use it in a podcast: Google 'podcast safe music' for a number of sites
FEED TO THE iTUNES STORE
If all is well, you can submit your podcast. You will need to be logged
in to the iTunes Store. Enter this URL in your browser: https://phobos.apple.com/WebObjects/MZFinance.woa/wa/publishPodcast
(There have been cases of people getting error messages doing this: if
so, try https://buy.itunes.apple.com/WebObjects/MZFinance.woa/wa/publishPodcast
will open iTunes to a pane where you can submit the podcast:
again, enter the feed URL, not
the URL of the media file. iTunes does not store your media, it just
uses the contents of the feed file to provide the details and access on
the iTunes Store. (None of this will cost you anything).
take some days before the podcast is accepted, since each new podcast
has to be checked. You may be rejected for unauthorized use of
material, bad language and sexual content, libel, or racist comments -
but of course you would never do any of those things, so you should be
When your podcast is accepted, iTunes will give you a URL
which will open iTunes to your podcast. You will also eventually be
able to search on its title, though this can take some time to become
available. However searching just on the category in the iTunes Store
is most unlikely to throw up your podcast. There are thousands of
podcasts out there, and it would be quite impossible to display on one
page the entire list for any category. What you see are 'featured'
podcasts, chosen by Apple as being special; please see this Tech Note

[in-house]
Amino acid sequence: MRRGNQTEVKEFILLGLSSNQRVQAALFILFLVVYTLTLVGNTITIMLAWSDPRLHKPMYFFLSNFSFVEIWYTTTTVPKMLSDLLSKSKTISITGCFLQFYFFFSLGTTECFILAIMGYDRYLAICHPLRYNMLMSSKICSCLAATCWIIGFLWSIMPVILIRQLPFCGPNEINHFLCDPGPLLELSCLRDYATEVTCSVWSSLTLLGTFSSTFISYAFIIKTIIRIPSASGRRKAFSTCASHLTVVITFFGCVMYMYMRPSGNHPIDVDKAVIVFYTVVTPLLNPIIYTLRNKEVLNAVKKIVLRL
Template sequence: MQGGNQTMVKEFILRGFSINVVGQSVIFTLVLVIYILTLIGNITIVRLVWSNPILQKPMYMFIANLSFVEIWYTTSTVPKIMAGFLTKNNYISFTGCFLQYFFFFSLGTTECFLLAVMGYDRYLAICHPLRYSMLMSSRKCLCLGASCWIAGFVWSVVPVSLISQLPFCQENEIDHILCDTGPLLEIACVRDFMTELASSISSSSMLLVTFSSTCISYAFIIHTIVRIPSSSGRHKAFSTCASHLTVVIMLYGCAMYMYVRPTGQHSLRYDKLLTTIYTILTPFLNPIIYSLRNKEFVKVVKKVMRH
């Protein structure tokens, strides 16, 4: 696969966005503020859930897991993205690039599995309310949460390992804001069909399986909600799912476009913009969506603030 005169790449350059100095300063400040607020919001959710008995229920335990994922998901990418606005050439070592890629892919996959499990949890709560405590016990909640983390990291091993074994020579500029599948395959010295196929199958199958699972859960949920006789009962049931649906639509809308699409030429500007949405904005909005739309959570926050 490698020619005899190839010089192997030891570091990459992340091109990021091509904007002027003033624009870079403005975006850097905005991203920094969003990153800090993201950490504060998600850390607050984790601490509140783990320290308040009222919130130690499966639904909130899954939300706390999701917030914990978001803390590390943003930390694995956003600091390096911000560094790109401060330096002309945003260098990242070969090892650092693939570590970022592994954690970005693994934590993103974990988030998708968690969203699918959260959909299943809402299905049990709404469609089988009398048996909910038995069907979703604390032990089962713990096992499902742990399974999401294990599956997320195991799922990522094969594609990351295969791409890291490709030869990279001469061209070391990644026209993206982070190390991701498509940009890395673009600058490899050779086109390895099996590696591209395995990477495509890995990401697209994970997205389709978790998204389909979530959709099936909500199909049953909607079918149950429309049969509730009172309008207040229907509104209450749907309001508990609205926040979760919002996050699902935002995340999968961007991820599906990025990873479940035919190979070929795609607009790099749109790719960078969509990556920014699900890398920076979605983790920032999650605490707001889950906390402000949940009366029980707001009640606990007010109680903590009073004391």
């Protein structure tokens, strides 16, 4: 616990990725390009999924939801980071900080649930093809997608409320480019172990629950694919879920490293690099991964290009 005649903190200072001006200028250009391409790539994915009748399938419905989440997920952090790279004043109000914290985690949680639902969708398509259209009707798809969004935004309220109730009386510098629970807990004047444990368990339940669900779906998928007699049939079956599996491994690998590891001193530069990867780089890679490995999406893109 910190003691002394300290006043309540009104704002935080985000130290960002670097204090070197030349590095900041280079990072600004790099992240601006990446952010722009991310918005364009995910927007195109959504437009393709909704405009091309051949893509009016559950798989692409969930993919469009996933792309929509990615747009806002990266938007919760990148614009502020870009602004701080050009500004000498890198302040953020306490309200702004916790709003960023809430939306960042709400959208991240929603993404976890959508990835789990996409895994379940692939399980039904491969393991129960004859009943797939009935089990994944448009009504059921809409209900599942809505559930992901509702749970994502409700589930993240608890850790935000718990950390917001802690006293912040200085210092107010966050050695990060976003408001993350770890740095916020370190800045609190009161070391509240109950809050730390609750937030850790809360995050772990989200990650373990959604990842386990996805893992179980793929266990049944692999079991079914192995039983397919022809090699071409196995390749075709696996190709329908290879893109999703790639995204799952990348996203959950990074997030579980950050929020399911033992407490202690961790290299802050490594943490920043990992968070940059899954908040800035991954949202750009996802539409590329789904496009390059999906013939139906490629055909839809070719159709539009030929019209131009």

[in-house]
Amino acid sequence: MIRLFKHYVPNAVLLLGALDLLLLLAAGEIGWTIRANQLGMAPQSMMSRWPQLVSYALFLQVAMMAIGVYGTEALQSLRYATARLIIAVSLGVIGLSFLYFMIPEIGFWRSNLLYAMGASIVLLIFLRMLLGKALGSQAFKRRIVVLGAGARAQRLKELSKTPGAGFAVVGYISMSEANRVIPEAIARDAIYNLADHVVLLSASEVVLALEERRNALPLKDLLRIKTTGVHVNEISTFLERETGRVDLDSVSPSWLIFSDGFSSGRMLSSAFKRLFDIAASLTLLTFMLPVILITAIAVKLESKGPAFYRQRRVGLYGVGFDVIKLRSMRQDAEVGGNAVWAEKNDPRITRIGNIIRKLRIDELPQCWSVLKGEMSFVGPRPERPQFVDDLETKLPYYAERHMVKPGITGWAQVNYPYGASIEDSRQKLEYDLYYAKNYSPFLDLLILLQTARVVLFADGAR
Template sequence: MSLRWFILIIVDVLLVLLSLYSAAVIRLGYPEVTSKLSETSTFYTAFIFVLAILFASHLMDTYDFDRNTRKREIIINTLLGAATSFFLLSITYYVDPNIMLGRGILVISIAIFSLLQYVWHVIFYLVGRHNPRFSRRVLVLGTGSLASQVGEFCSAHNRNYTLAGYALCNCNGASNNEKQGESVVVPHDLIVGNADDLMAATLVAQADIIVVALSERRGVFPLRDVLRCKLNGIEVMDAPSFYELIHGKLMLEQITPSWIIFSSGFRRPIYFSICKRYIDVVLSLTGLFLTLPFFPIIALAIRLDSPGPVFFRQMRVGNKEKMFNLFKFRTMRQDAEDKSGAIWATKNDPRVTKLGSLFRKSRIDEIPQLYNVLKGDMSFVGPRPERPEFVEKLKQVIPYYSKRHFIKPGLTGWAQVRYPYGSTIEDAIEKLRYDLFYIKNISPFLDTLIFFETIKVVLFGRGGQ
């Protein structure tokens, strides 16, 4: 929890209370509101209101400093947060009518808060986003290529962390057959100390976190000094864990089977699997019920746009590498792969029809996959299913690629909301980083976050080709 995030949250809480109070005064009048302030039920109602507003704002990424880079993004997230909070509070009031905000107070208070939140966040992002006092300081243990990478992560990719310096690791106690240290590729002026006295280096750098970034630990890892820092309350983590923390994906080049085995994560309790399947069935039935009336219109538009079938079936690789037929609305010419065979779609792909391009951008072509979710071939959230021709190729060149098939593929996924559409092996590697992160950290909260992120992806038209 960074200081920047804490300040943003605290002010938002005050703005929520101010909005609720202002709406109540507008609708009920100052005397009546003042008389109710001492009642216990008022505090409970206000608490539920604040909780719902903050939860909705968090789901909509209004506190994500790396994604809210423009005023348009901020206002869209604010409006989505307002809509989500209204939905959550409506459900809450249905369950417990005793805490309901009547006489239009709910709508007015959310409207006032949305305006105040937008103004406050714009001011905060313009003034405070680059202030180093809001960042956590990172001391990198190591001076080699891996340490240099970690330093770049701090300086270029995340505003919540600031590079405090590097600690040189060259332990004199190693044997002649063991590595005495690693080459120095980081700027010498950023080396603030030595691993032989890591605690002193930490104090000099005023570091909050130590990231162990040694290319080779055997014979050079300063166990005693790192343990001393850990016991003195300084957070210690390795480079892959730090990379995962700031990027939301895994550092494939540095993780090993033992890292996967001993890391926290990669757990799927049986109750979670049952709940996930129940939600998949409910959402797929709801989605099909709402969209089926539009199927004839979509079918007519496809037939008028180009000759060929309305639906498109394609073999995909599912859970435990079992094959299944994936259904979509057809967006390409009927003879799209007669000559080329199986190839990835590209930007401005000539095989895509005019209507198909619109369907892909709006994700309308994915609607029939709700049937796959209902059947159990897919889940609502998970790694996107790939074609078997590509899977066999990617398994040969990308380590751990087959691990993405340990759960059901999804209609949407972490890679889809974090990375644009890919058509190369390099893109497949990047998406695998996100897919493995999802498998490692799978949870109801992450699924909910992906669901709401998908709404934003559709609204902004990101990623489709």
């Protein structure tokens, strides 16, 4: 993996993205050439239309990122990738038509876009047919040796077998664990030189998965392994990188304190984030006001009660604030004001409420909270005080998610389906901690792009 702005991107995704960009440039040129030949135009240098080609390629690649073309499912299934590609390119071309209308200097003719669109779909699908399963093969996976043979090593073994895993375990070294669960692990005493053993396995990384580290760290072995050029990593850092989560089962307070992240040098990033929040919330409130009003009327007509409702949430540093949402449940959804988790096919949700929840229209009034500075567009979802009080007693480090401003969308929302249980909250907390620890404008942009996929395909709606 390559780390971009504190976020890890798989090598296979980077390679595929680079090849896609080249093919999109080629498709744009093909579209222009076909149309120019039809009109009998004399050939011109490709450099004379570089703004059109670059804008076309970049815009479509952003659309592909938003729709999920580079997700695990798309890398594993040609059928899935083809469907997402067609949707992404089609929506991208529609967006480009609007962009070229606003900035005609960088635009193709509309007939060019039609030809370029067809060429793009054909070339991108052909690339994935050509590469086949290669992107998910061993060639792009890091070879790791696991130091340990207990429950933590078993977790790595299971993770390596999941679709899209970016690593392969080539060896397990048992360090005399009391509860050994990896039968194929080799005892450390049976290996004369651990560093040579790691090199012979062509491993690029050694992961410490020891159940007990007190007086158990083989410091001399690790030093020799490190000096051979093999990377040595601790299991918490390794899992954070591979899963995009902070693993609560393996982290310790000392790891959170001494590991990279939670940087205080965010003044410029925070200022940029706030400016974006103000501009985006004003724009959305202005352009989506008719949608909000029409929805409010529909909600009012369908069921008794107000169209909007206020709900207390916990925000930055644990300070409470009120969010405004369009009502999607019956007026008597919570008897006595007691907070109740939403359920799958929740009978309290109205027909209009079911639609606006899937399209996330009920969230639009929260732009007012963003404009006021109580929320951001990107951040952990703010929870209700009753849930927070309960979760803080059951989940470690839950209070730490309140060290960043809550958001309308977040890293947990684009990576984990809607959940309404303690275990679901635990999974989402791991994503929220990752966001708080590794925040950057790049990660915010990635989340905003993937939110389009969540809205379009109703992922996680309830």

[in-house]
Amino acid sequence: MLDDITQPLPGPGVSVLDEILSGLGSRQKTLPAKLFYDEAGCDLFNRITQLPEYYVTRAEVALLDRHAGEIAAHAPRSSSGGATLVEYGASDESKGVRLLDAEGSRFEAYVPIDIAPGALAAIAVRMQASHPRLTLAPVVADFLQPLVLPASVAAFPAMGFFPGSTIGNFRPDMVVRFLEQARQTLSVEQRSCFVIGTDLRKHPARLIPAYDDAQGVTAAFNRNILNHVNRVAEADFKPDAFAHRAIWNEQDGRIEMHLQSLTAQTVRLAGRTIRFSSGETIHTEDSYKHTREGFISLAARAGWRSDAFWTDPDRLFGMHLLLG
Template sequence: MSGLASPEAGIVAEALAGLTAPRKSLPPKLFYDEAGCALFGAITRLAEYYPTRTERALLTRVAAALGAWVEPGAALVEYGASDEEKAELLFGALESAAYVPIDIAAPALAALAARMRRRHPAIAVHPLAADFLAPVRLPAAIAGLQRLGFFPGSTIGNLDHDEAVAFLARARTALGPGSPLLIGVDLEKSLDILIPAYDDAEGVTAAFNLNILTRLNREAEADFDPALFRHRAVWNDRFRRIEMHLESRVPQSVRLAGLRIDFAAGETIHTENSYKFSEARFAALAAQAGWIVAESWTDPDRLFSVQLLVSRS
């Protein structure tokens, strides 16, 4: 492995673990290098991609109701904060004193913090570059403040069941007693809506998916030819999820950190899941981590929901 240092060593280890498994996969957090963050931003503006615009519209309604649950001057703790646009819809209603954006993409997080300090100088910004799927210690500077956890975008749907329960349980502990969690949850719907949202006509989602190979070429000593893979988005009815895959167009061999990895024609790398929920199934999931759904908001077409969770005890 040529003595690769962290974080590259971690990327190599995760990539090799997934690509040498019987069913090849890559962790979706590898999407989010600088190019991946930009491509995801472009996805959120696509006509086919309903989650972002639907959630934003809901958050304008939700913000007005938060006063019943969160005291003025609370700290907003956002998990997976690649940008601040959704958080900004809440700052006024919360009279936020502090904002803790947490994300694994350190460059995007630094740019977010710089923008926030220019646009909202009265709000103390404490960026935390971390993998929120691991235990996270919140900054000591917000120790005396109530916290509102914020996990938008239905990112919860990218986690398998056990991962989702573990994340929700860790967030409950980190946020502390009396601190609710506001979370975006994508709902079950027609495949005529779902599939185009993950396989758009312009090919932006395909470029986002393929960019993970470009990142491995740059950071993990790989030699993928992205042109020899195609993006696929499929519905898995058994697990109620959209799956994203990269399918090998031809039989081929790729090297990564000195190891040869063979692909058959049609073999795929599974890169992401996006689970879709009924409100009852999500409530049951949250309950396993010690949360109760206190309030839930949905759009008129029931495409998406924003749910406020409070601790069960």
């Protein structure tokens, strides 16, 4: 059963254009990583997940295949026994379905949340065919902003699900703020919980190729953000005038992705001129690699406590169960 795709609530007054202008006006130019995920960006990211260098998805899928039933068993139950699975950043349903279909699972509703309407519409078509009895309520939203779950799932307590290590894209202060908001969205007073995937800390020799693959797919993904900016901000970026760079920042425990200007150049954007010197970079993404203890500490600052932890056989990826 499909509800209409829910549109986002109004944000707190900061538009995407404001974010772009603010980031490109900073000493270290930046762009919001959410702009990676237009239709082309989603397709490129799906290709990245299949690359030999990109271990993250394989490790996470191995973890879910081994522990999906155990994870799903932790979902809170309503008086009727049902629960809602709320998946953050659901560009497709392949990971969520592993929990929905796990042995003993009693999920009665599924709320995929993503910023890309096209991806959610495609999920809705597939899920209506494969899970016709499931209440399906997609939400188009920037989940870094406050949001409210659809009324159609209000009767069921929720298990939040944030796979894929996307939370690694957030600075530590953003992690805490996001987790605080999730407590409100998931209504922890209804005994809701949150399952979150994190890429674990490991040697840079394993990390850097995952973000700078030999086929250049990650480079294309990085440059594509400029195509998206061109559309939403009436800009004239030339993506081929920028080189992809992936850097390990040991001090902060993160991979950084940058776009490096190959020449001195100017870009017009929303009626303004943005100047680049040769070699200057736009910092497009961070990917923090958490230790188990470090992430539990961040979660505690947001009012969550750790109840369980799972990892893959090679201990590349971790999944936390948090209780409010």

: note that there is no way you can
influence the selection other than making your podcast really special
(bribery won't work).
When you want to add an episode, upload it and amend
and reupload the feed file as described above (new episodes above the
old ones). It usually takes at least 48 hours for the new episode to
appear, though subscribers see the changes immediately (since they are
accessing the feed directly, not through the Store). Regrettably the
iTunes Store provides no way of monitoring the
number of people who visit your podcast.
As there have been some recent, and rather confusing, changes in the
way iTunes handles the display of podcasts it may be worth noting them.
By default only the most recent episode shows when you first subscribe.
To show all episodes click 'Feed' at the bottom of List view or the
'Feed' button at top right in My Podcasts view.
In both views you can delete both downloaded or un-downloaded episodes
from both views by control- or right-clicking on the name of the
Each episode can be double-clicked to be played as a stream without downloading
it first (so you don't have to wait for it to download fully). Click
the cloud icon at right to download it (as you will have to to sync it
to an iPod). Note that if you click the cloud icon to the right of the
title of the podcast itself, rather than an episode, you will initiate
a download of all episodes.
CHANGING YOUR FEED
In order to move iTunes to a new feed you have to have access to
the old feed to be able to add a tag to it. You need to add the
following tag to the top section of the feed, between the 'channel' tag
and the first 'item' tag.
<itunes:new-feed-url>NEW URL FOR YOUR
iTunes will normally pick this up quite quickly but you should leave it
there for subscribers for at least 2 weeks - when they next check their
iTunes application will transfer its attention to the new feed, and
indeed this is the only way of retaining your subscribers. Be very
careful when typing
in the new URL because if you make an error and redirect iTunes to a
non-existent URL you will not be able to retrieve the situation and
your podcast will cease to function. You should note that this
redirection is permanent once effected: removing the tag from the old